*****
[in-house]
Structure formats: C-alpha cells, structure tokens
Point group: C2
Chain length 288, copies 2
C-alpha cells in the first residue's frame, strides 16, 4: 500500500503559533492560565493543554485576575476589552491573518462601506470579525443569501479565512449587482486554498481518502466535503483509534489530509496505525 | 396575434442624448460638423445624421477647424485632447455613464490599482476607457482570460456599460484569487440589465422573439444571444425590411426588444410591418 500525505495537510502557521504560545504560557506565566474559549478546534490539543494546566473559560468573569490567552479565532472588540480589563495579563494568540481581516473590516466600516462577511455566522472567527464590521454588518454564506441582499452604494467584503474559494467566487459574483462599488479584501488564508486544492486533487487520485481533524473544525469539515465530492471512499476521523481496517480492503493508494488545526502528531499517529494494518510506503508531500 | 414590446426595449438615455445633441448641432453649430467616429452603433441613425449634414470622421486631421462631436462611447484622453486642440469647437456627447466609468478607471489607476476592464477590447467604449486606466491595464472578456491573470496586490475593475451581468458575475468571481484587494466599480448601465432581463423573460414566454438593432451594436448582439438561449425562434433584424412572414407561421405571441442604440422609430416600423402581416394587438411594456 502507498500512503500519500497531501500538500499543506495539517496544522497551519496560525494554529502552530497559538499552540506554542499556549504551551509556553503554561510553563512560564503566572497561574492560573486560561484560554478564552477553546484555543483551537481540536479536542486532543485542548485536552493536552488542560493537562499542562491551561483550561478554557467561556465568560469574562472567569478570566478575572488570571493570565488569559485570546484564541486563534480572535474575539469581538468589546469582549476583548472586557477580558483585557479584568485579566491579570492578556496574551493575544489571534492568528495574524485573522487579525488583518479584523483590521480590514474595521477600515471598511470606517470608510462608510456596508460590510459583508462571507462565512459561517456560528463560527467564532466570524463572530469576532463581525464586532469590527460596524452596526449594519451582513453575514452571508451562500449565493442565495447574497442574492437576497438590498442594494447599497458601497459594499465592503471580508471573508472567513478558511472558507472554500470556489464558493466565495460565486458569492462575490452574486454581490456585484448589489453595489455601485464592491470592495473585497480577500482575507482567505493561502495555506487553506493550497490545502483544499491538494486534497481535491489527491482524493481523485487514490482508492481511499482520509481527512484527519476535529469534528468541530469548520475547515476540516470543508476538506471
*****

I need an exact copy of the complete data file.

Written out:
[in-house]
Structure formats: C-alpha cells, structure tokens
Point group: C2
Chain length 288, copies 2
C-alpha cells in the first residue's frame, strides 16, 4: 500500500503559533492560565493543554485576575476589552491573518462601506470579525443569501479565512449587482486554498481518502466535503483509534489530509496505525 | 396575434442624448460638423445624421477647424485632447455613464490599482476607457482570460456599460484569487440589465422573439444571444425590411426588444410591418 500525505495537510502557521504560545504560557506565566474559549478546534490539543494546566473559560468573569490567552479565532472588540480589563495579563494568540481581516473590516466600516462577511455566522472567527464590521454588518454564506441582499452604494467584503474559494467566487459574483462599488479584501488564508486544492486533487487520485481533524473544525469539515465530492471512499476521523481496517480492503493508494488545526502528531499517529494494518510506503508531500 | 414590446426595449438615455445633441448641432453649430467616429452603433441613425449634414470622421486631421462631436462611447484622453486642440469647437456627447466609468478607471489607476476592464477590447467604449486606466491595464472578456491573470496586490475593475451581468458575475468571481484587494466599480448601465432581463423573460414566454438593432451594436448582439438561449425562434433584424412572414407561421405571441442604440422609430416600423402581416394587438411594456 502507498500512503500519500497531501500538500499543506495539517496544522497551519496560525494554529502552530497559538499552540506554542499556549504551551509556553503554561510553563512560564503566572497561574492560573486560561484560554478564552477553546484555543483551537481540536479536542486532543485542548485536552493536552488542560493537562499542562491551561483550561478554557467561556465568560469574562472567569478570566478575572488570571493570565488569559485570546484564541486563534480572535474575539469581538468589546469582549476583548472586557477580558483585557479584568485579566491579570492578556496574551493575544489571534492568528495574524485573522487579525488583518479584523483590521480590514474595521477600515471598511470606517470608510462608510456596508460590510459583508462571507462565512459561517456560528463560527467564532466570524463572530469576532463581525464586532469590527460596524452596526449594519451582513453575514452571508451562500449565493442565495447574497442574492437576497438590498442594494447599497458601497459594499465592503471580508471573508472567513478558511472558507472554500470556489464558493466565495460565486458569492462575490452574486454581490456585484448589489453595489455601485464592491470592495473585497480577500482575507482567505493561502495555506487553506493550497490545502483544499491538494486534497481535491489527491482524493481523485487514490482508492481511499482520509481527512484527519476535529469534528468541530469548520475547515476540516470543508476538506471